Tuesday, February 11, 2014

Plotting Part 4 - Character Introductions 1b

(Continuing with the Plot Structure Series. Still working on the opening "Set Up" section of the story. Check out Part 1 - Overview. Part 2- Opening ImagePart 3 - Character Intros 1. Part 4 - Character Intros 2. Part 5 - Action Is Character. Part 6 - Foreshadowing.)

So last week we started to talk about how characters first enter the scene.   We talked about the two lead characters from the 1967 movie In The Heat of the Night -- Virgil Tibbs and Chief of Police Gillespie.  These are a pair of characters who kinda come pre-introduced, in that their political and cultural surroundings pit them against each other regardless of who they are as individuals.

So to get started, we don't have to know anything about either of them except that Tibbs is black, and Gillespie is police chief in a small Mississippi town in 1967.

However, these two guys are not symbolic cartoons for a political drama.  The fact is, the story is an ordinary melodrama -- a murder mystery -- and our two protagonists are regular, complicated people.  The political message of the story is merely that the cultural situation surrounding them makes it a real challenge to do their jobs.

But that political situation also makes it really easy to get the story going, and get our interest in the characters before we really see who they are.

There is a risk to using this method however, which I'll talk about at the end of this post, after I mention two more pictures that use external conflict as a way of introducting the characters.

Flashback -- The Old Hippie And The Young Fed

Back in 1990, there was a little gem of a "buddy movie" called Flashback.  It starred Dennis Hopper as Huey Walker, an old hippie radica, and Keifer Sutherland, as Special Agent Buckner, a straightlaced young FBI agent.

Like In The Heat of the Night, this movie introduces the main characters by just telling us the key thing that puts them in conflict -- old hippie vs. g-man.  Unlike Heat, the characters are very comfortable in their roles.  As matter of fact, they are so comfortable, that they prefer the roles to reality.

That's a part of what this movie is about, and why it is interesting to talk about.  We have two characters who are overtly wearing masks: A Fed must remain professional and keep his authority to the front, never letting us see who he is, because that would make him vulnerable.  And all politicians -- even hippie radicals -- are at least one part conman. Their job is to charm and lie and do what's necessary to win people over.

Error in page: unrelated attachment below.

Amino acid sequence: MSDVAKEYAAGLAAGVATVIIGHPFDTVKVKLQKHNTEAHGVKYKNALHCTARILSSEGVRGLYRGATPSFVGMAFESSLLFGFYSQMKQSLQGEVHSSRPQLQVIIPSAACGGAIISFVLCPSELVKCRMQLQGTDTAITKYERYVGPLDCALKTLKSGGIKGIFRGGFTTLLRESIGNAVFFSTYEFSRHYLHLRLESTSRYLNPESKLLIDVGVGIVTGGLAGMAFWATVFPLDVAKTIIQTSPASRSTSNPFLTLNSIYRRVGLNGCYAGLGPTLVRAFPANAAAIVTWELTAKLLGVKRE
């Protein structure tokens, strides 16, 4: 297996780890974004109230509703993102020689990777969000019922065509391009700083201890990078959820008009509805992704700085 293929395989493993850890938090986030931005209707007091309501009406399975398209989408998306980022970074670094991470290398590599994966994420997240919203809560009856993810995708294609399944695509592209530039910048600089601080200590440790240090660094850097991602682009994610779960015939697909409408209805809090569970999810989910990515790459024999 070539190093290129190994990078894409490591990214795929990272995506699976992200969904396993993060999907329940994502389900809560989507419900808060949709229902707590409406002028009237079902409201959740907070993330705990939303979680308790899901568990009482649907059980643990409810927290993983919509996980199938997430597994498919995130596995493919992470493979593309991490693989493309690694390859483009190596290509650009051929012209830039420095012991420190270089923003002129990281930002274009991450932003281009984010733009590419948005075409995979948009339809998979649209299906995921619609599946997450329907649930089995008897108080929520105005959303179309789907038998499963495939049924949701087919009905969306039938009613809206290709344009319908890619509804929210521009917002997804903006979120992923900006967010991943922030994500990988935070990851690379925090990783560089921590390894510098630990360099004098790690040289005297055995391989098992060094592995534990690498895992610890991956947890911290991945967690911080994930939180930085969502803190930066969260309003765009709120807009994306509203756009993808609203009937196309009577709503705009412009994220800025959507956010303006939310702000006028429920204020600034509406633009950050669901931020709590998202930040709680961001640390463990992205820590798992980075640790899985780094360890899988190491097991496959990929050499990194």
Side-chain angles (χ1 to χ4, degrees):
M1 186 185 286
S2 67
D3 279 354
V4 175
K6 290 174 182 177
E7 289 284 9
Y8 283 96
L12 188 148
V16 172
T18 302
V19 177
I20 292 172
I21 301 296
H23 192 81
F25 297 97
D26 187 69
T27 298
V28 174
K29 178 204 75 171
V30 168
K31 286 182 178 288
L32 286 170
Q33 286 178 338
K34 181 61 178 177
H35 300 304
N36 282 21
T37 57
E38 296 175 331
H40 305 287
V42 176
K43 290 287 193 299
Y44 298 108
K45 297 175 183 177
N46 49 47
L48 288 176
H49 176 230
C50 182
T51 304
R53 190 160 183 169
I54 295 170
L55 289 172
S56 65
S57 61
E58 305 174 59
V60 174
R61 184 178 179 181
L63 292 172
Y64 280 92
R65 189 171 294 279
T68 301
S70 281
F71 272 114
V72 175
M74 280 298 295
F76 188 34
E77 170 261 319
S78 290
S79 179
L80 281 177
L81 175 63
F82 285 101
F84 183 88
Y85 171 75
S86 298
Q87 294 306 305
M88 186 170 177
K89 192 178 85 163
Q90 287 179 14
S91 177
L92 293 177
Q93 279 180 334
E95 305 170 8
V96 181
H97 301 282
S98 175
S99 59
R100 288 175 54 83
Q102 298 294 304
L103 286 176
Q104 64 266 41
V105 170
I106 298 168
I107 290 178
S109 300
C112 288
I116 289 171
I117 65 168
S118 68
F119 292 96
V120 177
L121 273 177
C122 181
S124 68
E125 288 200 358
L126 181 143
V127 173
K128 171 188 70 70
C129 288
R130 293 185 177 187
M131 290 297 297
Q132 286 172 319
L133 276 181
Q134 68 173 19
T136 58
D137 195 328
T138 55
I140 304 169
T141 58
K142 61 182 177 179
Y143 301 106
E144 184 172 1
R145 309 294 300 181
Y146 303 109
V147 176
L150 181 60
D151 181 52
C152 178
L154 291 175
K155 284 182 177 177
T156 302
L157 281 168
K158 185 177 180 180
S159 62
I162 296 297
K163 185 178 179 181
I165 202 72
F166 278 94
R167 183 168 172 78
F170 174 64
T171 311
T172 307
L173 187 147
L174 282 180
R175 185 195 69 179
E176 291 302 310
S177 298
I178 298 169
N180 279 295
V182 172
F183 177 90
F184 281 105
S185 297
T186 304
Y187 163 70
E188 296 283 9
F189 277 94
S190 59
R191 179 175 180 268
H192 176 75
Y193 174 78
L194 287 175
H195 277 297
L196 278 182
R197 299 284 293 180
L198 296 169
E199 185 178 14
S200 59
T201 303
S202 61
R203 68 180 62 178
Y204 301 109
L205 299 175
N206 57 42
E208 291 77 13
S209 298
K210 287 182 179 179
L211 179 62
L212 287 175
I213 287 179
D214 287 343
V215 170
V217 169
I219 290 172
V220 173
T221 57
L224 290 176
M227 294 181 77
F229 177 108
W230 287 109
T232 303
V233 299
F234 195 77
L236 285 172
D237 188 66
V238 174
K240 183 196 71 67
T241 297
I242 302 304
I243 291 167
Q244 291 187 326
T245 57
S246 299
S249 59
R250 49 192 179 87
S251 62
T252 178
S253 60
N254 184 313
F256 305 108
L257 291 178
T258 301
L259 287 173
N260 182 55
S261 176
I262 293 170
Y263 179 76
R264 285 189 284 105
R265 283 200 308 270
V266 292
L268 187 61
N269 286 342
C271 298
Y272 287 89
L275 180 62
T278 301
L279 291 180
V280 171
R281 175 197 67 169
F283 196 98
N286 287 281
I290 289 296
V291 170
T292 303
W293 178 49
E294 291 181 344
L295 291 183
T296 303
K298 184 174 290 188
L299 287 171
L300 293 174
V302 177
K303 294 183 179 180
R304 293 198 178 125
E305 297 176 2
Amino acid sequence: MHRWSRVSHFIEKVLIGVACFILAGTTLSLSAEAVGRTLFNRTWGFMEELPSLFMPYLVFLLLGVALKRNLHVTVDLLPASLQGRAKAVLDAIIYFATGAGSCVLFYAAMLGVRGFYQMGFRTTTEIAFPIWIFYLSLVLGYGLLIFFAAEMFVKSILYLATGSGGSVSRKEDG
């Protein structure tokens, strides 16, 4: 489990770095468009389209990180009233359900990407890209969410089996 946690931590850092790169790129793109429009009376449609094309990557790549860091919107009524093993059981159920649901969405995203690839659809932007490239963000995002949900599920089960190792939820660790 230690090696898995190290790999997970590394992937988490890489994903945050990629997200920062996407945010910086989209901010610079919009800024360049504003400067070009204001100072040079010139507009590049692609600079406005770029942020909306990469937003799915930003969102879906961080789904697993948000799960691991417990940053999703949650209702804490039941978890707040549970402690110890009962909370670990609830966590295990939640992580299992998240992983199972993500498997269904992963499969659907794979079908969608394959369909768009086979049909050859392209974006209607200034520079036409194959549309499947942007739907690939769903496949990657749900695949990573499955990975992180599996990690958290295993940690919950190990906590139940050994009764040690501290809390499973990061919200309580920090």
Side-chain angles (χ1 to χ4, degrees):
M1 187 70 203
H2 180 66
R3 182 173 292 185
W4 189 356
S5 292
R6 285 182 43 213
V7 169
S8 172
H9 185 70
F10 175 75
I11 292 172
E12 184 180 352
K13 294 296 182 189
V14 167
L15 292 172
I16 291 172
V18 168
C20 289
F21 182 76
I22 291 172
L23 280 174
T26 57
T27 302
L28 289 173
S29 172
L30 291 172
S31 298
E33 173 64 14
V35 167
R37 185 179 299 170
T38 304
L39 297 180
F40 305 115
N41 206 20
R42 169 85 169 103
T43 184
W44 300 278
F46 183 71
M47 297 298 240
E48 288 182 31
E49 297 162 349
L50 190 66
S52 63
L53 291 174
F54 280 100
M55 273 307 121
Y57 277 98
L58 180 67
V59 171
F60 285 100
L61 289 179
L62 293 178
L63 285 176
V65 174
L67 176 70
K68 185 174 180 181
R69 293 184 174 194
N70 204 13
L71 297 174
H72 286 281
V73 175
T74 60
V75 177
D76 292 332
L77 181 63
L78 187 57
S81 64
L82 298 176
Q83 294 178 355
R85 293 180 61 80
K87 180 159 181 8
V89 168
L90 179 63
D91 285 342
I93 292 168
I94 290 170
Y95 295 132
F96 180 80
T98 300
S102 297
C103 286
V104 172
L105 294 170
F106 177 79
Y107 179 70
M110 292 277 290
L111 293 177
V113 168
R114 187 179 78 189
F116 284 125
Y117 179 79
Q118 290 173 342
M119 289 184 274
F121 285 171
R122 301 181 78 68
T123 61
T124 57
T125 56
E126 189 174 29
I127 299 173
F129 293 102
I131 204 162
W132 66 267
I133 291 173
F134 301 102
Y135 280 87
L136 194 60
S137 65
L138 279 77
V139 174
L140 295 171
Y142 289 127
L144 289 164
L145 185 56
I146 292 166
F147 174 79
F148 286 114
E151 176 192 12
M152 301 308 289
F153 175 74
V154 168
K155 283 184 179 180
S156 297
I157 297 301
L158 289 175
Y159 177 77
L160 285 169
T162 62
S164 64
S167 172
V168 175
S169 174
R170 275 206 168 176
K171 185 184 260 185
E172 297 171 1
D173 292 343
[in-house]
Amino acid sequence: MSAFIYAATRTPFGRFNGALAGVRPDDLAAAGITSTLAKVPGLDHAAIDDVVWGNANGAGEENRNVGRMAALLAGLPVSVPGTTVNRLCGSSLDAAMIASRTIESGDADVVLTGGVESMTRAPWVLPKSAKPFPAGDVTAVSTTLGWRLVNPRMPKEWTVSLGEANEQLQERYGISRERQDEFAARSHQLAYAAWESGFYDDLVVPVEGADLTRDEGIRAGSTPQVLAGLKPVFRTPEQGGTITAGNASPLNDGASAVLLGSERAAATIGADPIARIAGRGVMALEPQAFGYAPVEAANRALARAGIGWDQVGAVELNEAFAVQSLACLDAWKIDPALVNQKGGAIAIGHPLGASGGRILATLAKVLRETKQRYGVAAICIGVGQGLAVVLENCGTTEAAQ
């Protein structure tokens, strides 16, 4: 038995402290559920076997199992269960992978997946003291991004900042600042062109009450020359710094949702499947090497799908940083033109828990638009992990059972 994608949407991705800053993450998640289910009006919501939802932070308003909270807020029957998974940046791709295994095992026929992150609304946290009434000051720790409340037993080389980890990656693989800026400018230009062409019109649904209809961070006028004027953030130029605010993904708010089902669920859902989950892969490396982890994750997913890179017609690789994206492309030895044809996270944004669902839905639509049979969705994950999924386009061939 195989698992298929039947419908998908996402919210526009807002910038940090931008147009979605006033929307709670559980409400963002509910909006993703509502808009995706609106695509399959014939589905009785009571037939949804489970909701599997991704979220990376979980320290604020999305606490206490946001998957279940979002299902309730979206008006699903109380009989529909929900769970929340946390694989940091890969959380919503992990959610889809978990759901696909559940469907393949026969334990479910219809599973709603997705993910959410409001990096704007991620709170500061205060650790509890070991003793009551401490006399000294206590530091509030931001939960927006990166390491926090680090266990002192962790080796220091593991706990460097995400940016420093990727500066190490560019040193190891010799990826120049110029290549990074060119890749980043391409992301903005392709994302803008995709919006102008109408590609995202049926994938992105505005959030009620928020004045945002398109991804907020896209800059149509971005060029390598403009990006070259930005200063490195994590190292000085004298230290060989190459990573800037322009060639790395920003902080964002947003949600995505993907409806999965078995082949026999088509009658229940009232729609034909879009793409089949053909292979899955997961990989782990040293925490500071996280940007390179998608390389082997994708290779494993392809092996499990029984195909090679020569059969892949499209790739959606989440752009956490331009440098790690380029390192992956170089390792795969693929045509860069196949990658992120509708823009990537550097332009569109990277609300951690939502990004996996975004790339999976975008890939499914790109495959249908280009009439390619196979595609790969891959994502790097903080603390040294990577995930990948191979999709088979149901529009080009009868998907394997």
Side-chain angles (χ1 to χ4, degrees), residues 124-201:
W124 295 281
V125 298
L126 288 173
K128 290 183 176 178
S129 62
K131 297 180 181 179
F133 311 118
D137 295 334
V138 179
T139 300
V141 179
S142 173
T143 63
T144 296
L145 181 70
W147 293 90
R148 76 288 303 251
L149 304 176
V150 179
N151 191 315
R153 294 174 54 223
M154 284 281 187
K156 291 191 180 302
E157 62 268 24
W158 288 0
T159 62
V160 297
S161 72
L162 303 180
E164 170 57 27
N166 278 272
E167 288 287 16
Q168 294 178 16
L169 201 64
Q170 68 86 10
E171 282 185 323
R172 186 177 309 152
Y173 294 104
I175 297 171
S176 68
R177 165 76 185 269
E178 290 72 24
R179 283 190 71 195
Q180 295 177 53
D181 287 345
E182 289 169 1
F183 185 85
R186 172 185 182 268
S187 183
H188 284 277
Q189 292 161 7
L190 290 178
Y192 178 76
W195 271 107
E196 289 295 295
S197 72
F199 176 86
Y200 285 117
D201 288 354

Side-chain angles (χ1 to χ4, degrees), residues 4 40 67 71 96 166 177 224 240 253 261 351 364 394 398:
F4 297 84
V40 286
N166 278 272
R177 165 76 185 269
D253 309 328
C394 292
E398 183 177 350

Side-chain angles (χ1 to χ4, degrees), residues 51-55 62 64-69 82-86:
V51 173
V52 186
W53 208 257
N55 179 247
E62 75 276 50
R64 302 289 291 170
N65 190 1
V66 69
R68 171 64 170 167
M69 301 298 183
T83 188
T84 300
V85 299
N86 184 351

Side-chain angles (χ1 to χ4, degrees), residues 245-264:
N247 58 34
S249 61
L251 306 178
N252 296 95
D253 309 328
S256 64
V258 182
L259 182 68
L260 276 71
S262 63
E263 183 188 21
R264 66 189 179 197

And we know that these guys are hiding who they really are.

Somehow this allows the filmmakers to pull off something interesting: they don't hint much at where the story is going.  There are some great twists and turns, but I just rewatched the setup section, and there is actually very minimal foreshadowing here.

I'm going to talk about foreshadowing later, and I'll go into what I found in this flick then, but suffice it to say that in general, this picture doesn't find the need to keep use interested with hints of what will come.  Instead, the filmmakers have chosen to do something brave: they let the current situation carry itself.

I've said before how what keeps the reader reading and the viewer watching is that the story makes promises of great things to come.  There are many ways to do this.  In this case, the premise -- a cop transporting a fugitive -- makes all the promises we need.  The fact that the cop is holding to his official personna, and the fugitive is a crafty clown, adds lots of color to the simple fact that we know the fugitive will want to escape, and the cop will want to keep control.

That all by itself gives us a natural story, even if we never learn a thing about these characters. You can read a dry news story about a criminal escape and manhunt, and not know a thing about the characters, and still be fascinated by how it shakes out.

But this is still a story about getting to know these guys.  The opening sequence, their entrances, is all about the surface conflict of their personalities. (Unfortuantely, I have no clips about that.)  Neither takes the other seriously.  They spar.  Dennis Hopper chews the scenery, setting up jokes which others walk right into.  Keifer Sutherland holds his temper and sasses him back.  We see that these two are a reasonable match for each other.

Or at least we think they are.  We can't see beneath their masks, so we can't be sure.  We know were' going to see more.  We just don't know how or when, or if those faces beneath the masks are going to play a big part in the plot itself, or if it's just going to be the heartwarming character development subplot.